Art based on a photo by Chris Price of Bob Wills flying Price's prototype Swallowtail at Point Fermin
Photo of Bob Wills by Chris Price

This photo by Chris Price of Bob Wills flying the prototype Swallowtail at Point Fermin illustrates a coordinated constant steep bank turn only possible with the arm reach provided by the prone flying position. That combined advantage – reduced pilot drag and greater ‘push out’ to coordinate a steeper turn — greatly improved our ability to soar.

Art based on a photo by Carl Boenish of Rich Grigsby thermaling behind Trip Mellinger over Sylmar
Rich Grigsby thermaling behind Trip Mellinger, both flying prone, over Sylmar in 1974. Photo by Carl Boenish.

Art based on a photo by Chris Price of Curt Stahl in a Seagull 3
Curt Stahl in a Seagull 3. Photo by Chris Price.

The extra pitch range afforded by the prone harness made flaring those old gliders easier too. In this 1973 photo, Curt Stahl, 15, has wriggled in front of his seat harness risers to provide more reach in the landing flare. A six page article by Carol Boenish-Price in Ground Skimmer quoted opinions by several pilots on the merits and drawbacks of both types of harness. See also Head first in Dangers of hang gliding.

Incidentally, that extra pitch range – moving the base tube fore and aft through a greater angle than is possible when flying seated – allows a steeper dive. That posed its own danger in those early days. See Luff in the time of cholera for more about the luffing dive.

Art based on a photo of Brian Harrison in a Hiway experimental wing
Brian Harrison about to launch in the prone position at Firle Beacon on the Sussex Downs, England, in 1976

The design of the prone harness was beset by problems even greater than those of the upright or seat harness. Clearly, you cannot normally take off and land in the prone position. Exceptions include a high wind a prone launch, possible with assistance. There is more about the Hiway harnesses worn by both pilots in the photograph by Adrian Turner on which this art is based in Stirrup prone harnesses later on this page. See under External links later on this page for more of Adrian Turner’s photography.

In addition, some modern training hang gliders are built to land on wheels attached to the base tube. Therefore the prone harness must allow the pilot to be upright during take-off and landing.

There were two basic types of early prone harness: Knee hanger and stirrup. Later developments were the cocoon and pod type harnesses.

Knee hanger prone harnesses

Sunbird hang glider 'knee hanger' prone harness of 1975
Sunbird knee hanger harness of 1975

The knee hanger harness enables the pilot to run more or less freely when launching in a light wind, until the wing starts lifting and hauls up on the harness risers. That causes the pilot to begin rotating head-first into the prone position; his knees being pulled up behind him or her. That might seem like a recipe for tripping and falling, but the effect was proportionate in that, with the wing lifting only slightly, the pilot’s legs are pulled up only slightly and he can continue to run and accelerate the wing to full flying speed. It happens quickly and, in this author’s experience, while it feels rather peculiar on the first few launches, it works well.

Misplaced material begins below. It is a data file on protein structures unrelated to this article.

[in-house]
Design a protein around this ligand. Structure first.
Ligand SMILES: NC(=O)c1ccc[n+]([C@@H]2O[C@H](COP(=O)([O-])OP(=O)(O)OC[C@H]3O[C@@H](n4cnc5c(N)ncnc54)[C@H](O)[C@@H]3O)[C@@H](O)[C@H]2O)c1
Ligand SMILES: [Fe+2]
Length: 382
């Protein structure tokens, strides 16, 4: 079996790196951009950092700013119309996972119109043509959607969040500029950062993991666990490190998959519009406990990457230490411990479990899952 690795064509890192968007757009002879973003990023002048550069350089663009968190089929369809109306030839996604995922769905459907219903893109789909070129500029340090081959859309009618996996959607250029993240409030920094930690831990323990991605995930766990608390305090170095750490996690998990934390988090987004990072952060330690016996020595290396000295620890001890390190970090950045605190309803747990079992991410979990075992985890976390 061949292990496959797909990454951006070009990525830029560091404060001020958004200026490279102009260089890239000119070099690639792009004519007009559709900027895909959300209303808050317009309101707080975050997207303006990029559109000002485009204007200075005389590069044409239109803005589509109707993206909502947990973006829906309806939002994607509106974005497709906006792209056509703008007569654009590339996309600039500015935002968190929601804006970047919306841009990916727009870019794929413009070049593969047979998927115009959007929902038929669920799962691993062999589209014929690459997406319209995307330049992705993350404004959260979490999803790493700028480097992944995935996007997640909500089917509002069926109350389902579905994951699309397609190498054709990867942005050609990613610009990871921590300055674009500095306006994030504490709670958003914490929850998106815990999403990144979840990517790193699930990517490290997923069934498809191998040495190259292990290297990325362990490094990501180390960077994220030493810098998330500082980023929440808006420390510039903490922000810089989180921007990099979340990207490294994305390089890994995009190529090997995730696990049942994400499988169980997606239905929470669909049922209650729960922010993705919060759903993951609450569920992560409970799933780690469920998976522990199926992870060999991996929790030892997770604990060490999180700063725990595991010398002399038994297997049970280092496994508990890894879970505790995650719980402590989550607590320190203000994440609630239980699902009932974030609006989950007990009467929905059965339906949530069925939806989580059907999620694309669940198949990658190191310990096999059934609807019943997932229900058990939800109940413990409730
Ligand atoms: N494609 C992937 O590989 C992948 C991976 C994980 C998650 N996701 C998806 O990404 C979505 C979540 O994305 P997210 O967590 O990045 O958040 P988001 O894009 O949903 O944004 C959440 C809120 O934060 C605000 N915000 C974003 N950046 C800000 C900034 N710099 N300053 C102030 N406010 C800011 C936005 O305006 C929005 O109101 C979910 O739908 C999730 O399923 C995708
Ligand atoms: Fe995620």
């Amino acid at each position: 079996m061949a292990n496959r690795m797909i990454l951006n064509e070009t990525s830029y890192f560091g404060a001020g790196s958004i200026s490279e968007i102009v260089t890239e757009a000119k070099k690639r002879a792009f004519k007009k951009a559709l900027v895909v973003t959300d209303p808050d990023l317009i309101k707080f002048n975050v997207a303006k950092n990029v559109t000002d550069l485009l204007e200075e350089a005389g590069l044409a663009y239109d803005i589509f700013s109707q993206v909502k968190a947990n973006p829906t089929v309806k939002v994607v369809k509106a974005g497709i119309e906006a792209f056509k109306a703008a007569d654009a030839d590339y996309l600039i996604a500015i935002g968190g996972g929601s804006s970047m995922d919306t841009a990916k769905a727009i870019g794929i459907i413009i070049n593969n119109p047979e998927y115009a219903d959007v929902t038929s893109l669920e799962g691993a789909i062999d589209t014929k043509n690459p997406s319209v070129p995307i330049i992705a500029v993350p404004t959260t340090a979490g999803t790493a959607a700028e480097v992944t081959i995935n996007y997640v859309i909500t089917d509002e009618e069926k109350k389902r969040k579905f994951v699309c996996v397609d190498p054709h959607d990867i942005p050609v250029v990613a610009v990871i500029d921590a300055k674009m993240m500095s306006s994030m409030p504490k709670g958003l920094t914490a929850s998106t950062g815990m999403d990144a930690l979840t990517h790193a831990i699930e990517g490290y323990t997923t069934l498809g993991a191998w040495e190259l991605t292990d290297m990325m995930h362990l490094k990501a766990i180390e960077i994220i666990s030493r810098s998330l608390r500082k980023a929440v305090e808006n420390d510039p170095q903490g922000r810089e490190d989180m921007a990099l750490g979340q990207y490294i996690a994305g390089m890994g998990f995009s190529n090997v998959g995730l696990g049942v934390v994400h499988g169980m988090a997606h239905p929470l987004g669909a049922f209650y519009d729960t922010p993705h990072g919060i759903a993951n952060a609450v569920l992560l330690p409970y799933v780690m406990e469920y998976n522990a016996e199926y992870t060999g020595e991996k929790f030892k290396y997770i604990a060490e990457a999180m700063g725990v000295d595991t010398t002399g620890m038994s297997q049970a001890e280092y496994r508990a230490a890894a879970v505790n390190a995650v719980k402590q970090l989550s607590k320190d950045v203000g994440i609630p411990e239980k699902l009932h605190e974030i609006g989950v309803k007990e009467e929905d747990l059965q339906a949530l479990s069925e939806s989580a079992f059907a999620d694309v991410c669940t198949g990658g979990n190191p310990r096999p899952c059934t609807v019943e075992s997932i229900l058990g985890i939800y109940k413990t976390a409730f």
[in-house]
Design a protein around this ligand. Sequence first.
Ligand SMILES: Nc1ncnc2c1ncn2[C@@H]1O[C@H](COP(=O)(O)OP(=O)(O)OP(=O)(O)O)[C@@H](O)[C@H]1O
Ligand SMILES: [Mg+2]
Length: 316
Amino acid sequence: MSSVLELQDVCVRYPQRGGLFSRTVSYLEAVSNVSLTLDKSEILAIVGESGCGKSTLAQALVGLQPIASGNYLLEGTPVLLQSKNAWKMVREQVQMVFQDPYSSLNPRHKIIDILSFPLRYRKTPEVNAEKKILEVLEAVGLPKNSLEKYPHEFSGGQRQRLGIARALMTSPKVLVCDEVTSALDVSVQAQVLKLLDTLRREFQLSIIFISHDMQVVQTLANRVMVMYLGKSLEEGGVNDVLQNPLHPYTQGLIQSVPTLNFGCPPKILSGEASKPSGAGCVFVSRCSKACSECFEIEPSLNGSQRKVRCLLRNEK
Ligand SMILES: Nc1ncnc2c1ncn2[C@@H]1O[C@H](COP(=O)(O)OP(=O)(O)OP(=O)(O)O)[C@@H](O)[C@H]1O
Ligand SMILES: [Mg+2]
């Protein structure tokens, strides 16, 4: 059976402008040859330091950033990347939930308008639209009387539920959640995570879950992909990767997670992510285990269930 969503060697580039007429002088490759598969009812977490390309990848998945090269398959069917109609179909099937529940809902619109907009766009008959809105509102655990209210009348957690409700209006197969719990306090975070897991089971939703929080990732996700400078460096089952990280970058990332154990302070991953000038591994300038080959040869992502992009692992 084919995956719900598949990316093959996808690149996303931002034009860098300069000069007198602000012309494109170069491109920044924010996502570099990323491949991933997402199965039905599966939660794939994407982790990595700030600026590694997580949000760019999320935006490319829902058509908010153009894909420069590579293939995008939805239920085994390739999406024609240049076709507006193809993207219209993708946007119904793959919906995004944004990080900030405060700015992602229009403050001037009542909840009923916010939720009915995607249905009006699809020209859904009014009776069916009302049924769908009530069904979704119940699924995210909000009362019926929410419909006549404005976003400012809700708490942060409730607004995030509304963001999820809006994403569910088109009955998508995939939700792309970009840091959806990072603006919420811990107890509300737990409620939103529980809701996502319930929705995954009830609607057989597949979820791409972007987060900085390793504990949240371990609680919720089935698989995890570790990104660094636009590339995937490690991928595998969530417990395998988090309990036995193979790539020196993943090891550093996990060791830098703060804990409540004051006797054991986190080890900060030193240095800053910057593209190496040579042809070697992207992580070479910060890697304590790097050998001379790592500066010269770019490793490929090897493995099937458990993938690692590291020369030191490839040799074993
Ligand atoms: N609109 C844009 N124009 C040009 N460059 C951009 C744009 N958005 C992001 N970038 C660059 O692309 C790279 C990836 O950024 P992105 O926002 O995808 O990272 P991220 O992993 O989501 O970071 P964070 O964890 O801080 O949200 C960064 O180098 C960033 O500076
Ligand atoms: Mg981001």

Another problem was the same as that which had arisen with the early parachute style upright webbing harnesses: Too tight an attachment of the knee hangers to the pilot’s legs cut off circulation. See Prone in Hang gliding 1975 part 2 for Johnny Carr’s account of his four-hour flight in Miles Handley’s knee hanger harness for the consequences of that oversight. Some knee hanger harnesses incorporated attachments above and below the knees, which presumably reduced that problem. See under External links later on this page for close-up film of such a harness.

Stirrup prone harnesses

The other type of early prone harness was the stirrup type, which is still used by some pilots because of its simplicity and lightness. When the pilot is semi-upright with his weight taken by the leg loops, as when launching or landing, a metal stirrup connected to the harness apron dangles between his legs. To prevent it flailing about in a spirited launch run, often it is secured to one leg with a loop of elastic.

Roly Lewis-Evans launches at Kimmeridge
Sailmaker Roly Lewis-Evans launches in a stirrup harness in October 2021

After launching, the pilot catches the stirrup with one foot and pushes it aft. That pulls the harness apron down his front (rearwards) causing the rear-most risers to become taut and the aft-part of the apron to pull up on his thighs. The leg loops go loose at that point.

Roly Lewis-Evans flying at Kimmeridge
Roly at home in the air
Price stirrup harness
Price stirrup harness of 1976

The design of the harness that Roly is using here dates back to 1975. Chris Price of Sport Kites/Wills Wing developed it. It was manufactured initially by Simpson Safety Equipment of Torrance, California, and subsequently by Wills Wing as the Price prone harness. It was widely copied.

Hiway stirrup harness
Hiway stirrup harness of 1976